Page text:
Monday, December 30, 2013

And then there were four

In all the hustle and bustle of the holiday season, I forgot to call attention to a substantial event in local Civil Engineering: Caldecott Tunnel fourth bore opens

Ever since the third bore beneath the Oakland hills opened in 1964, Caltrans has shifted the traffic direction of the center bore to accommodate the heaviest traffic. That has forced drivers heading in the opposite direction to funnel from four lanes into two to squeeze through a single bore.

I think the writers for the Chronicle, like perhaps many of us, thought that this massive project would never complete, as they kept referring to the three-tunnel arrangements in the present tense.

But that time is over! The fourth bore is here!

The new tunnel is, frankly, gorgeous. There's something about those overhanging ventilation fans that reminds me, say, of NCC-1701, or maybe the Warthog.

You can only get to the new tunnel, natch, coming East-to-West. Simply stay in the right lanes as you climb up toward the hilltop and you'll find yourself smoothly guided through this beautiful tunnel.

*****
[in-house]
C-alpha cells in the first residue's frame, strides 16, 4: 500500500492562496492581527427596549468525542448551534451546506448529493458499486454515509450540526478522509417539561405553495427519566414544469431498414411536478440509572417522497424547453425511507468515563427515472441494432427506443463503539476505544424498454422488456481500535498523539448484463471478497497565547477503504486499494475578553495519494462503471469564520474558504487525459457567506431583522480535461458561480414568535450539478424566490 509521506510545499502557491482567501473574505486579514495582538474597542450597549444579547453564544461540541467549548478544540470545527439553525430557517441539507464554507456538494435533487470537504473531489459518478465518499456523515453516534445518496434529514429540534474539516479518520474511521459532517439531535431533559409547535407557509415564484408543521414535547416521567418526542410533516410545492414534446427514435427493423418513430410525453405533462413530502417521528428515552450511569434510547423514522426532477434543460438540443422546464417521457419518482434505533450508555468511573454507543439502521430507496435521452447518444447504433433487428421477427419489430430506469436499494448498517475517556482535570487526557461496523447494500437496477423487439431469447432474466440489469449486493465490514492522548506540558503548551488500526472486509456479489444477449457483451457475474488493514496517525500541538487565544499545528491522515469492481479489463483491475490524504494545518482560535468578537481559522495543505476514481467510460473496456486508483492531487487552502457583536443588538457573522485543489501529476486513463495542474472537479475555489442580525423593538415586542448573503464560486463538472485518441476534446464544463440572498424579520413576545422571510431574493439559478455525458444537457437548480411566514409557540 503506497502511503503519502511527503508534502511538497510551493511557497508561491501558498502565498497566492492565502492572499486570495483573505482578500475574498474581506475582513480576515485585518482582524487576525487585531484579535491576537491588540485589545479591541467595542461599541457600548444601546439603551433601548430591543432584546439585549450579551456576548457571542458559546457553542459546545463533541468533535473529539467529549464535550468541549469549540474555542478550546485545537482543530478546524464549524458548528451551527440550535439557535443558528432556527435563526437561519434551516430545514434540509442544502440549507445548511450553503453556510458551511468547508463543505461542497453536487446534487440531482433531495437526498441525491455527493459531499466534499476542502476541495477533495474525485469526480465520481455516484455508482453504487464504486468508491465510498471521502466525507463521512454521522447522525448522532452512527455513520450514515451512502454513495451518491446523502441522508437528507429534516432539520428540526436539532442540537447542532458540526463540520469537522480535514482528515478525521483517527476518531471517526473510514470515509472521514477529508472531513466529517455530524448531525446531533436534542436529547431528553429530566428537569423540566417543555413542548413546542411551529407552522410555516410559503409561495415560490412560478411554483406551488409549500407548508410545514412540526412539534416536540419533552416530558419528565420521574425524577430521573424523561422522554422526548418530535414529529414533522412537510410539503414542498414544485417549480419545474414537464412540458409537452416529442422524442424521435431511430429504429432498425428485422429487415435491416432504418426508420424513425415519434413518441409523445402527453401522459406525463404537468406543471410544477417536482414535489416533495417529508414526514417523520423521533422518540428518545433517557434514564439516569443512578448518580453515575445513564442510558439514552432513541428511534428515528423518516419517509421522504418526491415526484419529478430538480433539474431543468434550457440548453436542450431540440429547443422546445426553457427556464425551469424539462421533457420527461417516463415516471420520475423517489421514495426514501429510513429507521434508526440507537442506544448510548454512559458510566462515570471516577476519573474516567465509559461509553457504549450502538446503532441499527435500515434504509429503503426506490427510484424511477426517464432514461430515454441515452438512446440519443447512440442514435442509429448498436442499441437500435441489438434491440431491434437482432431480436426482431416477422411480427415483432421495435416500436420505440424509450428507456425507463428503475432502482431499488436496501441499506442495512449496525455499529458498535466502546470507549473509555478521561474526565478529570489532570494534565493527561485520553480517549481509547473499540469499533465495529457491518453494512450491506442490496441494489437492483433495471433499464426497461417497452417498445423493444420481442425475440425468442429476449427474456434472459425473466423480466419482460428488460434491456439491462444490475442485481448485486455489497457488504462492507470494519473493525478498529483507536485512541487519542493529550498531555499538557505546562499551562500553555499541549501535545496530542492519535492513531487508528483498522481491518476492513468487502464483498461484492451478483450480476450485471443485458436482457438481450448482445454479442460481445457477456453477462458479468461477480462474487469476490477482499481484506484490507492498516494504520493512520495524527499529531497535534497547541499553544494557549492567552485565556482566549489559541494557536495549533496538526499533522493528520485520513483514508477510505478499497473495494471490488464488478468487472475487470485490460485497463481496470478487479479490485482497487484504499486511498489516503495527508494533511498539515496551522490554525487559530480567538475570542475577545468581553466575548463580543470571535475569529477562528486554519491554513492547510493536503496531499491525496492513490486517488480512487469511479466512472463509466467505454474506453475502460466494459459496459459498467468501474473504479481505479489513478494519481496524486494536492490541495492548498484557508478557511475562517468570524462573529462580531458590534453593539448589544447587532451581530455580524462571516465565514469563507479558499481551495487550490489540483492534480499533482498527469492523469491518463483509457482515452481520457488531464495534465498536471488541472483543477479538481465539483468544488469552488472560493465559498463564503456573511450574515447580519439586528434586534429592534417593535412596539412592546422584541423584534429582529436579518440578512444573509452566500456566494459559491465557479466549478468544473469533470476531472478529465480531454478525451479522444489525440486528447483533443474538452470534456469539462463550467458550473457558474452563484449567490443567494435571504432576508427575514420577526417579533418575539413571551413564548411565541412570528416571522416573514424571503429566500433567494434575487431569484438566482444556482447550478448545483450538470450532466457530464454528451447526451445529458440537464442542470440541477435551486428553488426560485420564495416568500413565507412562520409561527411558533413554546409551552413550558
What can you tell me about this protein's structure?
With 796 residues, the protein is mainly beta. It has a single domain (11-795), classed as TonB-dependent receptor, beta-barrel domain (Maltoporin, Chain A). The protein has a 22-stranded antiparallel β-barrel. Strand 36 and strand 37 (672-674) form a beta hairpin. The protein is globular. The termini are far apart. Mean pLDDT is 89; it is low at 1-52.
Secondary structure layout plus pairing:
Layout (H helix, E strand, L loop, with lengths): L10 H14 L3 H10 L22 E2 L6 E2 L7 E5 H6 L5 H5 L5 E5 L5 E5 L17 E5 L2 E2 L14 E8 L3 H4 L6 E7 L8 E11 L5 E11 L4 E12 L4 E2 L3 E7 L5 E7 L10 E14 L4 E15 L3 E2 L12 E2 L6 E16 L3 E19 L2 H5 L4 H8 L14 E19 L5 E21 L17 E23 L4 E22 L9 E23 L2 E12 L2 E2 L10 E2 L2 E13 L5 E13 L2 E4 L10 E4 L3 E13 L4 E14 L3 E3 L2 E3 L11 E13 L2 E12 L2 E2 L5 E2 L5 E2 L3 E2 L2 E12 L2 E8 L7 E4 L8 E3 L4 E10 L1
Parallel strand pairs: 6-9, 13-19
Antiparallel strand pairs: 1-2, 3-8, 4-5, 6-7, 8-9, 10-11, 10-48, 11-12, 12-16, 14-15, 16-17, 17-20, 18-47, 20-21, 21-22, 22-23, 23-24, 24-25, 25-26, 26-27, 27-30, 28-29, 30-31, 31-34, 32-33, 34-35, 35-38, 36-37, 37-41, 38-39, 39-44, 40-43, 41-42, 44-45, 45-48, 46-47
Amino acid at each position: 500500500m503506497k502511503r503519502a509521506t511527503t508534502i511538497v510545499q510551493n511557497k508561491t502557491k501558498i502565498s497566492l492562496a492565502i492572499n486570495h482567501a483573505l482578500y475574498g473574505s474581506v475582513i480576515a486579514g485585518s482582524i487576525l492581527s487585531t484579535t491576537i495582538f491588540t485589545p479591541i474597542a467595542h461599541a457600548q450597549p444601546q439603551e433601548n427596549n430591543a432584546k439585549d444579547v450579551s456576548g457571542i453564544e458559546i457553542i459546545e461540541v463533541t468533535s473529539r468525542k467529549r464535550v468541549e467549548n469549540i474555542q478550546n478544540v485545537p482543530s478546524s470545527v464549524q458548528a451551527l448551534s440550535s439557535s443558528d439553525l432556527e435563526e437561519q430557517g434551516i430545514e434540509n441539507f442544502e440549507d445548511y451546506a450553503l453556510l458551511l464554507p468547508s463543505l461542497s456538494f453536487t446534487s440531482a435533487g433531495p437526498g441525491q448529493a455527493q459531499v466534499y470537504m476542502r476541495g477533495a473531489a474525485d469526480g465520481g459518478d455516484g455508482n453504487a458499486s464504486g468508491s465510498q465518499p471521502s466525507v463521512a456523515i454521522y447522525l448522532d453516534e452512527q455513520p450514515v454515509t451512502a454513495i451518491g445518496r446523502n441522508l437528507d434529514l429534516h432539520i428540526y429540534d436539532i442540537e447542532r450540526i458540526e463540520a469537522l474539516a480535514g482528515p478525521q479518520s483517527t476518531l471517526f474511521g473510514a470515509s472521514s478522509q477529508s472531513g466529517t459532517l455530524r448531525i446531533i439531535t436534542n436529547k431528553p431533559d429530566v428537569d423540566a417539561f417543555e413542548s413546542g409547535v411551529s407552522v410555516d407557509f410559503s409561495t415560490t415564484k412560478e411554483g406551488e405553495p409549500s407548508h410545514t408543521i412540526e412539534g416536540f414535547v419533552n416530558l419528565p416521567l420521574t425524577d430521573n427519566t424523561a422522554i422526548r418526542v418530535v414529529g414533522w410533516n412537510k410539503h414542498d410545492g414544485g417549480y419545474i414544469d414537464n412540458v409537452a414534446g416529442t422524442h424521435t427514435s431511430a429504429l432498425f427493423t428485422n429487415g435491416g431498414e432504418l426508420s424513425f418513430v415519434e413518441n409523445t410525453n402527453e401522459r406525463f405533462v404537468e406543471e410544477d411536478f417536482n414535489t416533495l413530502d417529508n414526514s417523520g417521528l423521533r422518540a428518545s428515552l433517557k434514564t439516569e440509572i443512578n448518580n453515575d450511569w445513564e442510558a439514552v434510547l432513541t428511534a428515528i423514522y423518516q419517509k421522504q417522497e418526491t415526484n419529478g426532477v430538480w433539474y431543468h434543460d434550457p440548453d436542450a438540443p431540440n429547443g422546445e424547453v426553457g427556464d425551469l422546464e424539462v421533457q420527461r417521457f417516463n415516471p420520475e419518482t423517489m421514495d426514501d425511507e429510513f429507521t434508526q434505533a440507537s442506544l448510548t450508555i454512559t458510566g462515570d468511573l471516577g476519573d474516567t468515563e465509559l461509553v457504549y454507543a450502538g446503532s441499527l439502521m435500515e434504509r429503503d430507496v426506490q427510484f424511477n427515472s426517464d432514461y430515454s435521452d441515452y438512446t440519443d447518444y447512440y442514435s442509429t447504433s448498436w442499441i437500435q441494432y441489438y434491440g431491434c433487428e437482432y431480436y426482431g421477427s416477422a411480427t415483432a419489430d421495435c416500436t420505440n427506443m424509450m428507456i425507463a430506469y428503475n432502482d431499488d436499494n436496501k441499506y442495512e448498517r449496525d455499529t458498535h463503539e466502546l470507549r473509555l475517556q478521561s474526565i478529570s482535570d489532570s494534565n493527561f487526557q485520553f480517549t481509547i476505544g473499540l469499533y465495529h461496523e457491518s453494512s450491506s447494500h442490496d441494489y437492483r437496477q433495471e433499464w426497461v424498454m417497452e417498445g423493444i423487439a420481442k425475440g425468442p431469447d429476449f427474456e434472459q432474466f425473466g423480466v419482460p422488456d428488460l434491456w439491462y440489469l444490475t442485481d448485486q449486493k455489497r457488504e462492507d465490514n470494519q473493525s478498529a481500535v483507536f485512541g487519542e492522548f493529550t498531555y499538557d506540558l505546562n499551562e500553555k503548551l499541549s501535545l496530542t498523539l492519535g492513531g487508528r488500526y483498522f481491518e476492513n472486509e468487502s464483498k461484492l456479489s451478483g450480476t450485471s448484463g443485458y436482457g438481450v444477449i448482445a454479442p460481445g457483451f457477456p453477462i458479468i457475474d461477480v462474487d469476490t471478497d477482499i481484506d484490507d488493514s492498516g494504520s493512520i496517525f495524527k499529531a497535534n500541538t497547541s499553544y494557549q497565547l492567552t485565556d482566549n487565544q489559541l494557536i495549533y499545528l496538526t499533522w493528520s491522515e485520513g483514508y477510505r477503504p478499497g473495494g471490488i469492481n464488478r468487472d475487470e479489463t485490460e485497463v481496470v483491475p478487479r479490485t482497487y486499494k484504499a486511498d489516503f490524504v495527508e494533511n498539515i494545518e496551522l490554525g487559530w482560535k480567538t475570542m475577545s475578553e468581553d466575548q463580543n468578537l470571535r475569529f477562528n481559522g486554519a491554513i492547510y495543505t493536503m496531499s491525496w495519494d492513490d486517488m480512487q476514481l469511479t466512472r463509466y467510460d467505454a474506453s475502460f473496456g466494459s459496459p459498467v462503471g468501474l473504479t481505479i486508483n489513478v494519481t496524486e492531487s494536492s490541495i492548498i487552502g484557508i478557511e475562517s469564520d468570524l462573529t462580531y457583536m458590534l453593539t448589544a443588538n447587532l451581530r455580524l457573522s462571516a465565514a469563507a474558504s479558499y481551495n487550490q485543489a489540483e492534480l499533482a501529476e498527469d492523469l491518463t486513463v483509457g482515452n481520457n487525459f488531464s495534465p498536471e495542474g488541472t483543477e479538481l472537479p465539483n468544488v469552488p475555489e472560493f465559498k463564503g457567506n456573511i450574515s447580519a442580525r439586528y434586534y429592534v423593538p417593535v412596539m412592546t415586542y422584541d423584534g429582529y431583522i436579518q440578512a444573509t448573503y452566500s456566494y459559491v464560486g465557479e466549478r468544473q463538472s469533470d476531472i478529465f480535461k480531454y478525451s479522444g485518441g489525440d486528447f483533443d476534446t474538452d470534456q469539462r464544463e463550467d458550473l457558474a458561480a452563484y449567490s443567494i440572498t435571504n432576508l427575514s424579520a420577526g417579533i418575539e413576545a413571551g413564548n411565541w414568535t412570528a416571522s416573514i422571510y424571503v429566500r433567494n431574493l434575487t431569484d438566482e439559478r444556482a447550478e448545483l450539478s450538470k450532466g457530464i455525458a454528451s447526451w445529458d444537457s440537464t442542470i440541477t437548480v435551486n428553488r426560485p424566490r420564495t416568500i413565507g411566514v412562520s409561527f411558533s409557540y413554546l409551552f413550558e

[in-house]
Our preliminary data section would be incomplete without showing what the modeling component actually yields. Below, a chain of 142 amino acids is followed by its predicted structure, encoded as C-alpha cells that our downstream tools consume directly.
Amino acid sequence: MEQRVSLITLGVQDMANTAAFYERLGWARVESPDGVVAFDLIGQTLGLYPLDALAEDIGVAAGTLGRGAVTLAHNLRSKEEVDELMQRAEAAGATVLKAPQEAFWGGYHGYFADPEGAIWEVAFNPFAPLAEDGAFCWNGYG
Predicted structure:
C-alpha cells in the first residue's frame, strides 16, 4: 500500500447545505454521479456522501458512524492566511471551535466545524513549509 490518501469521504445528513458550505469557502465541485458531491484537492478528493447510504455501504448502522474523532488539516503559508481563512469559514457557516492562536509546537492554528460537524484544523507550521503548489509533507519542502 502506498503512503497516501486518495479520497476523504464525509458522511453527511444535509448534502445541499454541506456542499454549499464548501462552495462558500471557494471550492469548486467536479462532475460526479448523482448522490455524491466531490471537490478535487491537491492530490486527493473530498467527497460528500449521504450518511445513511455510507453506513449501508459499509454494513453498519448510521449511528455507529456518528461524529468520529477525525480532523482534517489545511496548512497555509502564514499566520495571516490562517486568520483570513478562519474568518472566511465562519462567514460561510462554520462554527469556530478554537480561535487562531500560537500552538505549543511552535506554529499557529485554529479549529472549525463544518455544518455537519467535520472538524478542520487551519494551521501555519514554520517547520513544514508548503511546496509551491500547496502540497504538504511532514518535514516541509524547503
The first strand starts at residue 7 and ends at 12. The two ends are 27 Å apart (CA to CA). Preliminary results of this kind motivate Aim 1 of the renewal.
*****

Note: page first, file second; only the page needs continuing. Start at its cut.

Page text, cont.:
When we came through it the first time, I was a bit startled, because it is so much larger than the older tunnels, including an entire emergency shoulder lane inside the tunnel. A lot of work has gone into these safety systems.

Of course, there is good reason for that.

We don't often give credit to quiet successes; barely 200 people showed up when the Metropolitan Transportation Commission announced that the tunnel would open slightly earlier than expected.

For now, it's all good news. The delays through the tunnels are eased; the aggravating lane-switching protocols are no longer needed; our tax monies went to some needed infrastructure and it's serving its purpose.

I guess it's time for me to start nattering on about the next great public construction project in my area, which has been underway since (yes, you read that link correctly) 1970.

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